The loop appears to be vectorizable, but the statements in the conditions of the loop render vectorization inefficient
The main assumption of vectorization is that the same operation is applied to a vector of data instead of to a single piece of data. Loops with conditional statements do the opposite: they apply different operations to the data depending on some condition.
This doesn’t mean that vectorization is impossible because conditional statements can be simulated in a vectorization framework: what was earlier a conditional statement is now executed unconditionally, but in the final steps the results are filtered out if the condition is not true. Because the processor is executing instructions whose result will possibly be thrown away, this decreases the efficiency of vectorization.
Occasionally, the loops with conditional statements can be vectorized efficiently:
- If most statements in the loop are executed unconditionally, but there are a few of them that are executed conditionally, the loop can benefit from vectorization.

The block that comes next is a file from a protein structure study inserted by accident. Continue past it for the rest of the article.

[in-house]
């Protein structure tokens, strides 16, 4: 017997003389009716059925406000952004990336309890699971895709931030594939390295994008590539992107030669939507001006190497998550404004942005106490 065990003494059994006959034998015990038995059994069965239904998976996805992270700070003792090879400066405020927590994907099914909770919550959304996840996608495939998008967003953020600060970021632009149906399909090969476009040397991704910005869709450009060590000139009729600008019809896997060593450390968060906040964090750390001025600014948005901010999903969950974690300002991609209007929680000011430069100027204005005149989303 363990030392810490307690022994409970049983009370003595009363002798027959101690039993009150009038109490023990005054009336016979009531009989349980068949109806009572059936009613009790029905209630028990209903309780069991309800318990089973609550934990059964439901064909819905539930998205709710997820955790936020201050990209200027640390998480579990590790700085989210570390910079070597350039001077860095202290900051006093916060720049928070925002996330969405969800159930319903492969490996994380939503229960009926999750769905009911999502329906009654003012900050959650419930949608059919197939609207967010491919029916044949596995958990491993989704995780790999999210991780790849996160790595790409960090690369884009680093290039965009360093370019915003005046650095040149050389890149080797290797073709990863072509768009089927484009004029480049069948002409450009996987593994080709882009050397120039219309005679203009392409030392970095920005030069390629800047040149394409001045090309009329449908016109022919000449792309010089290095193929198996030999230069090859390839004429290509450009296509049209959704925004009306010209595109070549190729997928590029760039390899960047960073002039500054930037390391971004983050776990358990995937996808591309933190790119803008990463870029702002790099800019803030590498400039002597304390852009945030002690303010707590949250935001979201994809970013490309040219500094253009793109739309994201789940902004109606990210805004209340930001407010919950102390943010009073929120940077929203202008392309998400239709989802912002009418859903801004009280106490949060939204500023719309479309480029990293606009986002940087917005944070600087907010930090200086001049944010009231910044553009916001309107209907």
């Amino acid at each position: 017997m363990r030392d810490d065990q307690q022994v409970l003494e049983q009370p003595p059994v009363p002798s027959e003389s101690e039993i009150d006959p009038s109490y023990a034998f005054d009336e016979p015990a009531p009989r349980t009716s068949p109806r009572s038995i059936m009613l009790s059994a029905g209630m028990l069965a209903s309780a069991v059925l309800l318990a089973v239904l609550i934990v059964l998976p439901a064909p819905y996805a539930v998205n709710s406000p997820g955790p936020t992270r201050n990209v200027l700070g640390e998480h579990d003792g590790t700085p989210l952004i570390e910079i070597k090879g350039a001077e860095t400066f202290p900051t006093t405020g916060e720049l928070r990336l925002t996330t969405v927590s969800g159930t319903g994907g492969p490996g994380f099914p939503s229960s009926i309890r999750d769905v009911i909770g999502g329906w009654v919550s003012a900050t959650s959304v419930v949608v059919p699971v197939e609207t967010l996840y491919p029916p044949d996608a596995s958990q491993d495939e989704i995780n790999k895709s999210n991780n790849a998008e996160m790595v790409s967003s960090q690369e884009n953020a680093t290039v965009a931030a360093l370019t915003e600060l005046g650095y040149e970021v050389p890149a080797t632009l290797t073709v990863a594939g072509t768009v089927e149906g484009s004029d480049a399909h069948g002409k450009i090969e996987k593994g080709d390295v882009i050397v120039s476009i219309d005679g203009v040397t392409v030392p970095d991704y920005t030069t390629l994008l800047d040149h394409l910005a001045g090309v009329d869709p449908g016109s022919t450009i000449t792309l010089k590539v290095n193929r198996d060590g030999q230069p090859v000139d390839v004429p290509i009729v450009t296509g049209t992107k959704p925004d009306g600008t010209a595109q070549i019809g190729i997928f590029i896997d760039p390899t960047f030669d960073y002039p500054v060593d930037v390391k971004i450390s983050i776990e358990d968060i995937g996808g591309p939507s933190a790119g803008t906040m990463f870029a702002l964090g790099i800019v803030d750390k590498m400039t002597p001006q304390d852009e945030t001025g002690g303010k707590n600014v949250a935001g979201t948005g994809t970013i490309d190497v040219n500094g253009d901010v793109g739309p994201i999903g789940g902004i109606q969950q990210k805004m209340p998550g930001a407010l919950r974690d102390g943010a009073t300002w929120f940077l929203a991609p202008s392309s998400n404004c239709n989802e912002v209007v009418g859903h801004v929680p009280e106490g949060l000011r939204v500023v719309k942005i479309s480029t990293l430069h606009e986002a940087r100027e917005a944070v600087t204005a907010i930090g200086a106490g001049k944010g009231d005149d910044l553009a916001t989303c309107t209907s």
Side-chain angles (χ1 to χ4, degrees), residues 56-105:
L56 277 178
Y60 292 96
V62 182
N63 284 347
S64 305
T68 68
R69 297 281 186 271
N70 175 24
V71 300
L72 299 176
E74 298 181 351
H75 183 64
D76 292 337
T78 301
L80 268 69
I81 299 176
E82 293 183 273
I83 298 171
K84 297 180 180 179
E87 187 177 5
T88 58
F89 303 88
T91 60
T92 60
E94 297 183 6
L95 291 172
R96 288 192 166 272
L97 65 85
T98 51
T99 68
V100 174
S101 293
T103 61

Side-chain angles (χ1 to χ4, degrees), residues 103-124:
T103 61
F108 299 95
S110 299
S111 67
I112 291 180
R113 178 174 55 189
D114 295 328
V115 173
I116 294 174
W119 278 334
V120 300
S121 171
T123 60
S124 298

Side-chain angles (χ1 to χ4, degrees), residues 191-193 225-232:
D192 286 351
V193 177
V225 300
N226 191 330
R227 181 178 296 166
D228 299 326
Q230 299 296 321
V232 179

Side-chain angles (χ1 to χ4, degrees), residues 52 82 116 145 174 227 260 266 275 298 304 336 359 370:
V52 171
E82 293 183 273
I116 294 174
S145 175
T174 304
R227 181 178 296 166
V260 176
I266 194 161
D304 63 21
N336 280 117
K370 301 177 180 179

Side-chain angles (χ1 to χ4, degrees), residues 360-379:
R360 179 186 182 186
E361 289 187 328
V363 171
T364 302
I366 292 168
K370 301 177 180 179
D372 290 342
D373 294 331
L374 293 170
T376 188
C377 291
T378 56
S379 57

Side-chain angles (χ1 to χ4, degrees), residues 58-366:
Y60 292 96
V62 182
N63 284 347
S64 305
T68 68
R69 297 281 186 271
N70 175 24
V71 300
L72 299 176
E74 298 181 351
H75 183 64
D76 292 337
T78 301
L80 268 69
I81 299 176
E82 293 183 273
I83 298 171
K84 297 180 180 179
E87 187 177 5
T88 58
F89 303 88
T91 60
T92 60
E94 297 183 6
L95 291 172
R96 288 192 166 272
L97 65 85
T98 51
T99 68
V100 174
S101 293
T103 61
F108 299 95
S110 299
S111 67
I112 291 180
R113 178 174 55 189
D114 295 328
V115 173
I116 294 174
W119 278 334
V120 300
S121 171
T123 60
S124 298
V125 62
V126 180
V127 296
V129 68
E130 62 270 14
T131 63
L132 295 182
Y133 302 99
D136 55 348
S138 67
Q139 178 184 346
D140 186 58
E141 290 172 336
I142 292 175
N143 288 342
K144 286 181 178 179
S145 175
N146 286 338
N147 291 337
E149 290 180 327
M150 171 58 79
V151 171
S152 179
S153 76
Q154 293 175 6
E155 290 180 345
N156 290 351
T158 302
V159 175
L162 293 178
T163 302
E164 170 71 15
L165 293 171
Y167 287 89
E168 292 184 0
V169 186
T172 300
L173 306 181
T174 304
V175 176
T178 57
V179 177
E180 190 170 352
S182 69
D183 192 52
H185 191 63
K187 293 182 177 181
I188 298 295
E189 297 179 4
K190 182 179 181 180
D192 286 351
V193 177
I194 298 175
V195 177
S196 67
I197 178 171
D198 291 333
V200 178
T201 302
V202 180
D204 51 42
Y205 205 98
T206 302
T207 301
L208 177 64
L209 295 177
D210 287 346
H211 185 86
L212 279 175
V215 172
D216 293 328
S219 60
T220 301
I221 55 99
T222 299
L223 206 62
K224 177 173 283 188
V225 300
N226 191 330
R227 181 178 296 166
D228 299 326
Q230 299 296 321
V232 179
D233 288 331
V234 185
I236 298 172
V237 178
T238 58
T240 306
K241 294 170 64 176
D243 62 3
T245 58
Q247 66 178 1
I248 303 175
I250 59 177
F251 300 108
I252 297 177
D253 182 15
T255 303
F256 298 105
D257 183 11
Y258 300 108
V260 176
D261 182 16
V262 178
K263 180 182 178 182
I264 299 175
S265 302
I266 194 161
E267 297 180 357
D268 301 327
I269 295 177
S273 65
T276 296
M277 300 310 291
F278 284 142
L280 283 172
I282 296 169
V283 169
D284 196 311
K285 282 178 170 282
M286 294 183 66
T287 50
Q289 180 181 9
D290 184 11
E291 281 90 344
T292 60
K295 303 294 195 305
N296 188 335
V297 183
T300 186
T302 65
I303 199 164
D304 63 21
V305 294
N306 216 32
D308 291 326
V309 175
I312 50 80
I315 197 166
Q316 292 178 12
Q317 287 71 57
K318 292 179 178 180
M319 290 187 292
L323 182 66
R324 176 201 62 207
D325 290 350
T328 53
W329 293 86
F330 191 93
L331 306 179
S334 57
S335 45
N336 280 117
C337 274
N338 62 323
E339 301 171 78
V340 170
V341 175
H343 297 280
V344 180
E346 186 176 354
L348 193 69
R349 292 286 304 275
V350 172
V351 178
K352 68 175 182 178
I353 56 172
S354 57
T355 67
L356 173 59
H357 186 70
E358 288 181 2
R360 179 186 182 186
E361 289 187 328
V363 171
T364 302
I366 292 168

- If the condition in the loop is always evaluated to a loop-invariant value (i.e. its value is either true or false across the execution of the loop), this condition can be moved outside of the loop (see loop unswitching).
- If the condition in the loop depends on iterator variables only, the conditions can be removed by splitting the loop into several loops using loop fission.
If the conditions in the loop do not depend on the data, remove them using loop unswitching or loop fission.
- PWR020: Consider loop fission to enable vectorization
- PWR021: Consider loop fission with scalar to vector promotion to enable vectorization
- PWR022: Move invariant conditional out of the loop to facilitate vectorization
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